Kirishima Hotel is where you can enter giant, theme-park-like hot springs. The Large Garden Bath pictured above—useable on a day trip even if you're not a hotel guest—is 25-meter deep, gushes out 50 drums of hot water per minute, and is an extremely impressive bath.
Because the baths are unisex, we recommend a visit for those with children or traveling as a couple. Enter the waters wearing a bath towel. Hotel guests should note that the baths become available for women only from 19:30 to 22:00.
Kirishima’s Sakura Sakura Hot Springs is where you can experience the unusual “mud baths.” Alhough it is called a mud bath, the mud used isn’t actual mud. Instead, it is a sediment that contains an abundance of hot spring properties collected at the bottom of the water sources owned by the facility.
Your skin will become smooth and shiny thanks to the mud’s hot spring properties. Simply place it on your hands and body, then rinse it off! Please give these hot springs a try—you can certainly expect a beautifying effect.
Picture courtesy of K. P. V. B
If you’ll be in the Kirishima Onsen area, you should also stop by Kirishima Shrine—one of Kagoshima’s best spiritual spot. The shrine that was established in the sixth century is dedicated to Ninigi-no-Mikoto, a character in Japanese mythology who is the main enshrined deity.
Its current main building was constructed in 1715. The scarlet inner sanctuary, which is registered as an Important Cultural Property of Japan, has a dignified appearance.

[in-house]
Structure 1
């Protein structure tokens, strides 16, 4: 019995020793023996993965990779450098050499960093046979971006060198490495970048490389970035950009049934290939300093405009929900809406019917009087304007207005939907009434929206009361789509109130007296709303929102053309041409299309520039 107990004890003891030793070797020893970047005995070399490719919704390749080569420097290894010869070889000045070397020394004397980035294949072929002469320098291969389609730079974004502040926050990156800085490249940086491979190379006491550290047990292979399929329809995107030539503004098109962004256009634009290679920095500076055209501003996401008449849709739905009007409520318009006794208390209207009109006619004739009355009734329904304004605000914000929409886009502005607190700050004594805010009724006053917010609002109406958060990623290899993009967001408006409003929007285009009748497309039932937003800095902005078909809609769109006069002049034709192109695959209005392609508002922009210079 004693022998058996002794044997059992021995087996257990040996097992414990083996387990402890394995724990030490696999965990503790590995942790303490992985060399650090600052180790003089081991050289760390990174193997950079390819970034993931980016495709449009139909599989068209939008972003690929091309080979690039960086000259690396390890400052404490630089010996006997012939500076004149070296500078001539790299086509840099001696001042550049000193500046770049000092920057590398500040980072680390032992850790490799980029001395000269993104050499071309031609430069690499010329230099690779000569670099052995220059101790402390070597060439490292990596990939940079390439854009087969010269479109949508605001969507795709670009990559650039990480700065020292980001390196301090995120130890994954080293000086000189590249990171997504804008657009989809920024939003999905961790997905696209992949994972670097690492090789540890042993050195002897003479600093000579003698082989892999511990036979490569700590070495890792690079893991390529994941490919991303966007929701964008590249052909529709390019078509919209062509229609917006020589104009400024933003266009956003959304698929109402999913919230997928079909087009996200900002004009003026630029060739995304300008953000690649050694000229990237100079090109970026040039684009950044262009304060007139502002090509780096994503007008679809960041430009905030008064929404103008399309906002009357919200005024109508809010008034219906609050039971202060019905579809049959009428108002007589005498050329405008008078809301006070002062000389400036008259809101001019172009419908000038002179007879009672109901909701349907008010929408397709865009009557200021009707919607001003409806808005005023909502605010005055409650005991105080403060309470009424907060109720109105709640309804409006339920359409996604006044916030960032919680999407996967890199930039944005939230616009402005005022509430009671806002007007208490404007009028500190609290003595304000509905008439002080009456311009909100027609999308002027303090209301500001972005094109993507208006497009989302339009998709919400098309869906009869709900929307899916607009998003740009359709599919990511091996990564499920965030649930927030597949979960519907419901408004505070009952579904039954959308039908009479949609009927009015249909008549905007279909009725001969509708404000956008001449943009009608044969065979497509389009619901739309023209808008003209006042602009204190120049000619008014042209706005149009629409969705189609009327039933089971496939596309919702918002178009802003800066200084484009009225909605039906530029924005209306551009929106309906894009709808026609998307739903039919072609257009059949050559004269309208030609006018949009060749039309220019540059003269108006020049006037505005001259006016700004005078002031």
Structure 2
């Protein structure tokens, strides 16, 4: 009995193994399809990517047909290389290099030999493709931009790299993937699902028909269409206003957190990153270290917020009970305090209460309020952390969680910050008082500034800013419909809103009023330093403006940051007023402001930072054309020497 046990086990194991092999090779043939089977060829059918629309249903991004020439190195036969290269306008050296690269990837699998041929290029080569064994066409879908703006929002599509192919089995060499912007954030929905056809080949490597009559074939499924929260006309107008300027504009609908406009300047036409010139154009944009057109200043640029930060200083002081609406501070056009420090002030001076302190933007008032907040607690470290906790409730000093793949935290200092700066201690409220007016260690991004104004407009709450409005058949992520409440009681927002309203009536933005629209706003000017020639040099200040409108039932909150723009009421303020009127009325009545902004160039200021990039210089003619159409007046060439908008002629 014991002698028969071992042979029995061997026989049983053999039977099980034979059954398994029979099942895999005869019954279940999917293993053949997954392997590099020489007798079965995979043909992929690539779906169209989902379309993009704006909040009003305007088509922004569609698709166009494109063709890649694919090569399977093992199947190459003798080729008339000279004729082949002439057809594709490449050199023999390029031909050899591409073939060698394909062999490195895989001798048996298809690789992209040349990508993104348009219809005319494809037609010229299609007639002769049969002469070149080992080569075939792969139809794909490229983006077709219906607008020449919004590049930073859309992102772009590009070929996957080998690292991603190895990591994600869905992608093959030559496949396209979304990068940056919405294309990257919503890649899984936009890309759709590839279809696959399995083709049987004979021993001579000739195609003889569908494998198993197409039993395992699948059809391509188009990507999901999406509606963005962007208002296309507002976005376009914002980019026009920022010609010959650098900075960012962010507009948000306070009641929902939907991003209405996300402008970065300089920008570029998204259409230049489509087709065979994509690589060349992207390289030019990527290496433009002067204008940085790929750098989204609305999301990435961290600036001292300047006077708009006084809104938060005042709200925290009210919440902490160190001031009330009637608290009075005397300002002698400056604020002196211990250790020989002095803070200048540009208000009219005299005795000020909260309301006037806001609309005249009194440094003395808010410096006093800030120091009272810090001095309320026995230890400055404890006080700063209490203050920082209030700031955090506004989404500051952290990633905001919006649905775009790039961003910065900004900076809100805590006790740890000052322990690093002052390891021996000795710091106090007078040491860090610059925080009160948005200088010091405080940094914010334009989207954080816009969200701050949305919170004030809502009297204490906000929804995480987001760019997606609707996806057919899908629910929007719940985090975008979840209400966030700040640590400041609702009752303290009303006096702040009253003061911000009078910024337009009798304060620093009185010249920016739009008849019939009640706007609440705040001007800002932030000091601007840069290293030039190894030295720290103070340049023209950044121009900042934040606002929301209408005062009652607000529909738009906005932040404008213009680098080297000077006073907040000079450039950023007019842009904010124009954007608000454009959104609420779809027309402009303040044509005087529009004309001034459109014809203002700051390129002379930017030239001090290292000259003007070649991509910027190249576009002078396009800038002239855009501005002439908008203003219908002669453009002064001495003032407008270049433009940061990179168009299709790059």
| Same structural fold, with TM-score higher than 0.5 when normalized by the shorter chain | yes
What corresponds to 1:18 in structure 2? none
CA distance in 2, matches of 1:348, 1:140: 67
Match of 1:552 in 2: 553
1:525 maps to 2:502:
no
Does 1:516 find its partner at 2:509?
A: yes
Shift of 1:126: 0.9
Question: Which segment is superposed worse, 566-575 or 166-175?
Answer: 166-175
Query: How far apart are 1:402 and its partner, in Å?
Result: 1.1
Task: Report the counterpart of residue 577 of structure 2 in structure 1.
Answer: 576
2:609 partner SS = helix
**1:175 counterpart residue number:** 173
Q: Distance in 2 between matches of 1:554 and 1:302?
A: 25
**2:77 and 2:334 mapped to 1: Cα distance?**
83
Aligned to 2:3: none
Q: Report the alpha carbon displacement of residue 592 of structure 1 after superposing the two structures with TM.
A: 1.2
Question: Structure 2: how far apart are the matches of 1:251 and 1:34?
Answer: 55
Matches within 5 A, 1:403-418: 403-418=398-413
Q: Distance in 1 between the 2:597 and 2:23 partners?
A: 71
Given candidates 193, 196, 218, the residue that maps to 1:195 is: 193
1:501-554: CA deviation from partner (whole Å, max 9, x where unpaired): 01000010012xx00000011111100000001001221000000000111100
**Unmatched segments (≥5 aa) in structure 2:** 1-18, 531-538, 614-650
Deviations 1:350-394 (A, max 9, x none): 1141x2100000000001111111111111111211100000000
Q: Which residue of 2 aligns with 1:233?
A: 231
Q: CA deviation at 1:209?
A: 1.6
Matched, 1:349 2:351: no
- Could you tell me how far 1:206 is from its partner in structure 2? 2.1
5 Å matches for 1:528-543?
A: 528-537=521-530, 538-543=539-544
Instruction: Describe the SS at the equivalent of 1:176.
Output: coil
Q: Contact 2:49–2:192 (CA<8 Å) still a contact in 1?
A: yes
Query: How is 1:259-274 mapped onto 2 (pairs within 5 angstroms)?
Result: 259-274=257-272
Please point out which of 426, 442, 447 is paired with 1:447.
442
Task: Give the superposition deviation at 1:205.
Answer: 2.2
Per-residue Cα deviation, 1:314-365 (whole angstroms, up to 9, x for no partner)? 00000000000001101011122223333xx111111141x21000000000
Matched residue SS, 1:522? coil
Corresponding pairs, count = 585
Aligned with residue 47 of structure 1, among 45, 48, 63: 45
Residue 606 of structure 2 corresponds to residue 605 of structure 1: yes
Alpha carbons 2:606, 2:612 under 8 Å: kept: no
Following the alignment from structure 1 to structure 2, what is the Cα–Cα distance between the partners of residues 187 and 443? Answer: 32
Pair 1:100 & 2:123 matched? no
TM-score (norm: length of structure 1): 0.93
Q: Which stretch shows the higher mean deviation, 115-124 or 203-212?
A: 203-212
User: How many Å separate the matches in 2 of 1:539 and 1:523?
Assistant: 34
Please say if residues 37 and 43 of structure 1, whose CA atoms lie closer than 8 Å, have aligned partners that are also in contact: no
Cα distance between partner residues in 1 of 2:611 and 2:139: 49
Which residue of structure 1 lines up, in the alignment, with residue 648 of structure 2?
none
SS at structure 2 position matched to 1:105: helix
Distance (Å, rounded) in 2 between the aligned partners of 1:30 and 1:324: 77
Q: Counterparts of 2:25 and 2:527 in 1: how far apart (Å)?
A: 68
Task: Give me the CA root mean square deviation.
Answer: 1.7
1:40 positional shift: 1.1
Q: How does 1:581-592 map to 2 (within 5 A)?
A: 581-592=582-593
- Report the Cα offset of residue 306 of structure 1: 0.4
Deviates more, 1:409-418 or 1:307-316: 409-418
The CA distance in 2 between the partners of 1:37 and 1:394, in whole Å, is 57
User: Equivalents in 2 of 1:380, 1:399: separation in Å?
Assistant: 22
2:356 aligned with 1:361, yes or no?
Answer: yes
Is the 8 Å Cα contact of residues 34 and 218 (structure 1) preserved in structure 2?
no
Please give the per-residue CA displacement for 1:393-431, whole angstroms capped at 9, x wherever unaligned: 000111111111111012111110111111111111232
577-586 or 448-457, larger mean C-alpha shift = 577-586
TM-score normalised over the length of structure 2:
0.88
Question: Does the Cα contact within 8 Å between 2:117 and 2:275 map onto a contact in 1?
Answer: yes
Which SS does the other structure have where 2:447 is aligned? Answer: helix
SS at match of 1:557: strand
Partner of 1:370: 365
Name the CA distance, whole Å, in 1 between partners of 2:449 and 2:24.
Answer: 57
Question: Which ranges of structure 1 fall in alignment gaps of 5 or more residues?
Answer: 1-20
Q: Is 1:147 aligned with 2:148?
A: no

Tenmonkan was the first to earn fame as a Kagoshima shopping area. It is located in the city center and is home to several restaurants serving Kagoshima dishes and souvenir shops to meet a wide range of needs.
If you’re looking for a commercial facility with a variety of tenants, then we recommend Maruya Gardens and Yamagataya. Maruya Gardens (photo upper right), wrapped with greenery outside, is a shopping mall containing the general goods store LOFT and various brand shops.
Yamagataya (photo upper left) is a well-established department store loved by the locals with a profound exterior that draws the eye.
Although not shopping locations, there are tons of other interesting spots near Tenmonkan. Retroft Chitose (bottom left) is a fashionable complex building with a used bookstore, café, and hotdog store inside. Meizanbori (bottom right), which has been seizing the spotlight in recent years, is an area where small izakaya (Japanese pubs) and bars have gathered near Meizancho. While it's quiet in the afternoons, the area comes to life at night.
Picture courtesy of K. P. V. B